Is Obama Really the Deporter-in-Chief? Yes and No.
Republicans say Obama is soft on illegal immigration, while immigration advocates claim he’s on track to deport more people than any other U.S. president. Is he? Well, yes and no.
To immigrant’s-rights advocates, President Obama is the “Deporter-in-Chief,” on track to deport more people than any president in U.S. history. To immigration enforcement hawks, he is soft on illegal migrants, using his executive authority to make the interior of the country a haven for certain classes of undocumented immigrants. So which is it? Who is right?
According to a new report by the nonpartisan Migration Policy Institute that examines deportation trends in the U.S. over the past two decades, both sides are.
“There’s no question that there’s been a record number of formal removals, no question that enforcement has not tailed off,” Marc Rosenblum, deputy director of MPI’s U.S. Immigration Policy Program, told The Daily Beast ahead of the report’s Tuesday release. “But [Obama] is exercising a lot of discretion in the interior, a lot of people are coming across ICE’s radar and not being put through removal.”
It is true that deportations from the U.S. have risen significantly over the course of Obama’s presidency. But the MPI report notes that, as the president has not yet managed to pass immigration legislation, his record is largely rooted in policies that were enacted long before his election.
Deportation numbers have actually been climbing since 1996. That year saw the passage of the Illegal Immigration Reform and Responsibility Act (IIRIRA), which gave immigration officials more authority to carry out nonjudicial deportations. Prior to IIRIRA’s passage, the majority of deportation cases were processed by immigration courts. Now, they are largely handled by Immigration and Customs Enforcement (ICE) and Border Patrol agents.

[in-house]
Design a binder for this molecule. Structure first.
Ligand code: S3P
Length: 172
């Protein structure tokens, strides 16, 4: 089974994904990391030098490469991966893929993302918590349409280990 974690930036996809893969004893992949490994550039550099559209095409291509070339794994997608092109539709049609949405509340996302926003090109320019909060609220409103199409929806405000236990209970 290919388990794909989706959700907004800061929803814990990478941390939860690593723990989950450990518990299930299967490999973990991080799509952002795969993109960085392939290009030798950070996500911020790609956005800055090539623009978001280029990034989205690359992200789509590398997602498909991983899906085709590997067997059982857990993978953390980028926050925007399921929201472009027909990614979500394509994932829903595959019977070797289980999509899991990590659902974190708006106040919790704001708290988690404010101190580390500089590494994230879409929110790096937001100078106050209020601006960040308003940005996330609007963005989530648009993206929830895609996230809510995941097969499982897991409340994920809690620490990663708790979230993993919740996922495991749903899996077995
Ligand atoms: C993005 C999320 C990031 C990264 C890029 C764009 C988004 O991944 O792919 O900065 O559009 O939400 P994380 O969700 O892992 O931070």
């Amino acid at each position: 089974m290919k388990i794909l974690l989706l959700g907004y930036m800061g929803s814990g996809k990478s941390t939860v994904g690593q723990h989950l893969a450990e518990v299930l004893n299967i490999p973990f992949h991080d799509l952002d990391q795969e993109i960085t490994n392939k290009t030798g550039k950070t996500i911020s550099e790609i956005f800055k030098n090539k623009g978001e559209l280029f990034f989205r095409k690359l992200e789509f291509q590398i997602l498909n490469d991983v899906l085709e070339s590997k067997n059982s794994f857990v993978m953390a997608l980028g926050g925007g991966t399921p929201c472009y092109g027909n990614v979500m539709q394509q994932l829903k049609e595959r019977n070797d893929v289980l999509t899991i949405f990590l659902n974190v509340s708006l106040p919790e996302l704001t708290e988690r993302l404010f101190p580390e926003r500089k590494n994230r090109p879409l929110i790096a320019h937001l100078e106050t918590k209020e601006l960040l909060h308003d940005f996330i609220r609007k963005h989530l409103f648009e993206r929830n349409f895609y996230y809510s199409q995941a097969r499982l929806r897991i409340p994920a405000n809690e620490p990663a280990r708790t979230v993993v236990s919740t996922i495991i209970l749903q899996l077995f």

Total formal removals, or deportations, increased from 51,000 in 1995 to about 419,000 in 2012. The MPI report attributes 84 percent of that growth to the increased use of nonjudicial removals. About 12 percent of all removals in 1995 were nonjudicial, compared to nearly 75 percent of removals in 2012. Congress has been funnelling more and more money to U.S. Customs and Border Protection and Immigration and Customs Enforcement regularly since 9/11. Between 2002 and 2013, both ICE’s and CBP’s budgets grew about 300 percent.
Perhaps the best way to understand how Obama can be simultaneously perceived as tough and soft on immigration enforcement is to consider that, under his administration, not all unauthorized immigrants are treated equal.
As far as enforcement is concerned, the Southwest border and the rest of the country might as well have different immigration laws. At the same time that Border Patrol has been ramping up the consequences of unauthorized crossings, ICE agents have been ordered to use so-called prosecutorial discretion in deporting non-citizens caught away from the border.
The shift from informal returns (quietly sending undocumented immigrants back to their home country on a bus) to formal removals that has contributed significantly to Obama’s deportation record, actually started in 2005 under the Bush administration to “strengthen deterrence against repeat crossings, disrupt smuggling networks, and raise the cost of illegal entry,” the report notes.
Eighty-three percent of people apprehended at the Southwest border were “returned” in 2005, as opposed to only 21 percent in 2012.
Meanwhile, deportations within the country have become significantly slower and more targeted.
According to the report, as of 2013 all 3,181 of the country’s law enforcement jurisdictions were involved in Secure Communities, a federal program that relies on state and local law enforcement to help identify non-citizens in the criminal justice system. Secure Communities has faced significant backlash from immigration reform advocates as well as police departments across the country, who argue it forces cops to act as ICE agents and hold certain undocumented immigrants longer than necessary while ICE determines whether or not to deport them. However, the data presented by the MPI might suggest that DHS’s enforcement priorities—which emphasize deporting criminals over law-abiding non-residents—combined with the help of programs like Secure Communities, may be responsible for more targeted removals of people with criminal records.